Vertical Banded Gastroplasty

This procedure involves the use of both a band and staples to create a small stomach pouch.


The Roux-en-Y involves the creation of a small stomach pouch to restrict food intake and bypasses some of your intestines to reduce the amount of calories and nutrients the body absorbs.

Biliopancreatic Diversion

This involves removal of portions of the stomach , leaving a larger pouch that Roux-en-Y but is very invasive

Duodenal Switch

The Duodenal Switch leaves a larger portion of the stomach intact and allows for more nutrients to be absorbed

These procedures can mean that you have to watch your diet subsequently to make sure you get enough nutrients and overindulgence can result in vomiting.

There are a number of sites which you will find that give drawings and more details of each procedure.

If you are looking on the web for information on surgical procedures, try also searching under “bariatric” surgery. You should always contact your own GP initially who should recommend a suitable consultant if appropriate. The operation can be performed on the NHS or privately but always seek professional advice and preferably recommendations.. Big Matters does not endorse any surgery or consultant


Surgical Links

These are some sites that you may find useful. As always, we do not endorse any particular site or surgeon, but hope these may help you find out more information as you work with your doctor/consultant.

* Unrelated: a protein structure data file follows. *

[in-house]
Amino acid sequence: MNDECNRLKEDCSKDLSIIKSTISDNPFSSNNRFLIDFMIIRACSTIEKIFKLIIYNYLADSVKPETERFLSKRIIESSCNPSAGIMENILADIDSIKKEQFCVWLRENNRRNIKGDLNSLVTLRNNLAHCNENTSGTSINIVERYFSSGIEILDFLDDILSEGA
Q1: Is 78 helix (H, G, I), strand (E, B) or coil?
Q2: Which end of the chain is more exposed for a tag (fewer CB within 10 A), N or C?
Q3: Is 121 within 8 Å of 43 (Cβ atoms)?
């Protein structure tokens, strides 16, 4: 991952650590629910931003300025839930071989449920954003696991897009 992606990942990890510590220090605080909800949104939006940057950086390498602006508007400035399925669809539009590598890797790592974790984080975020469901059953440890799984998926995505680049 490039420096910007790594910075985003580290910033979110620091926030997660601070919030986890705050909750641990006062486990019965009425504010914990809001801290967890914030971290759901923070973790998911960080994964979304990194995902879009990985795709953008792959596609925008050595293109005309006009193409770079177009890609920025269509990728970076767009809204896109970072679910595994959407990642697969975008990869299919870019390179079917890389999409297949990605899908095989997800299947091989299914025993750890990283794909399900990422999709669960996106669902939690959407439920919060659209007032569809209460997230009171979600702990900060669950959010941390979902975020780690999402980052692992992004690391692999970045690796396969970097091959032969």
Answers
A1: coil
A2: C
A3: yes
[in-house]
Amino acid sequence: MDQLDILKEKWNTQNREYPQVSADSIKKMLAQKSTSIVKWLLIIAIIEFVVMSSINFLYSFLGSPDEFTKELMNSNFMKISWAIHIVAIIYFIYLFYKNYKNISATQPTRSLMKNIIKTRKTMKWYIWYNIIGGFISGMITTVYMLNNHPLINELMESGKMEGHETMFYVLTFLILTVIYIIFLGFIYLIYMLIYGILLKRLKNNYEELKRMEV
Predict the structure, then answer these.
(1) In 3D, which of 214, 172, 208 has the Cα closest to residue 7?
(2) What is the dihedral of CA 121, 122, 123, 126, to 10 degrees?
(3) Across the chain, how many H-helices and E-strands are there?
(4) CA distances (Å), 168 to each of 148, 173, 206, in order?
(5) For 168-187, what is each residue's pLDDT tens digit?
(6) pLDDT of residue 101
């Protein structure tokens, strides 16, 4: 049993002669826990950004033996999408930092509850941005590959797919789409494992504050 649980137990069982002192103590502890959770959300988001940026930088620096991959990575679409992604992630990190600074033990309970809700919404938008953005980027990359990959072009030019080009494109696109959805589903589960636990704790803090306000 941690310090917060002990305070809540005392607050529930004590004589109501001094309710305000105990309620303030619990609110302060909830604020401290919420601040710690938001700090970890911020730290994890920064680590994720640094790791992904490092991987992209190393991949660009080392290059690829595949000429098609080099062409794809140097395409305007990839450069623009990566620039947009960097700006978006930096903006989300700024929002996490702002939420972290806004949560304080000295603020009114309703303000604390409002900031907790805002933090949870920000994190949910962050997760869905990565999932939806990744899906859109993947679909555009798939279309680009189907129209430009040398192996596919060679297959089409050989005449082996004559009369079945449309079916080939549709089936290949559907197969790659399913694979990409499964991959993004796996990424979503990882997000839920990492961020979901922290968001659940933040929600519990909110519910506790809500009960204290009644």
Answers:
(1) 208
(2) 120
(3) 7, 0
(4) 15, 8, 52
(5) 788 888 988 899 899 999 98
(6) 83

British Obesity Surgery Patients Association Offers information on surgical procedures and post operative support.

Weight Loss Surgery Forum site offering the chance to exchange experiences of surgery.

PO BOX 1093
L69 8WD
Registered Charity No 1103151


Composed entirely of volunteers who have had or who are planning surgery this organisation provides high quality information and peer support to a socially disadvantaged and often isolated community of people. This surgery though growing increasingly is relatively new. WLSinfo have used new technology and the talent of its members to provide unique information and support.
WLSinfo acts as an umbrella organisation to 13 physical support groups across the UK. These groups are accessible to people of any surgery type pre or post op regardless of provider.

American Society for Bariatric Surgery Information on Surgery in common use in the USA












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All content within Big Matters website is provided for general information only and should not be treated as a substitute for the medical advice, diagnosis or treatment of your own doctor or any other health care professional. Big Matters Ltd is not liable for the contents of any external internet sites listed, nor does it endorse any commercial product or service mentioned or advised on any of the sites. Always seek the advice of your doctor or other qualified health care provider if you have any questions regarding a medical condition, your diet or before embarking on any exercise program or if you're in any way concerned about your health. Big Matters does not endorse any surgery or consultant. Under no circumstances shall Big Matters be liable for any loss, damage or harm caused by a User's reliance on information obtained through this site. It is the responsibility of a User to evaluate the information, opinion, advice or other Content available on Big Matters website.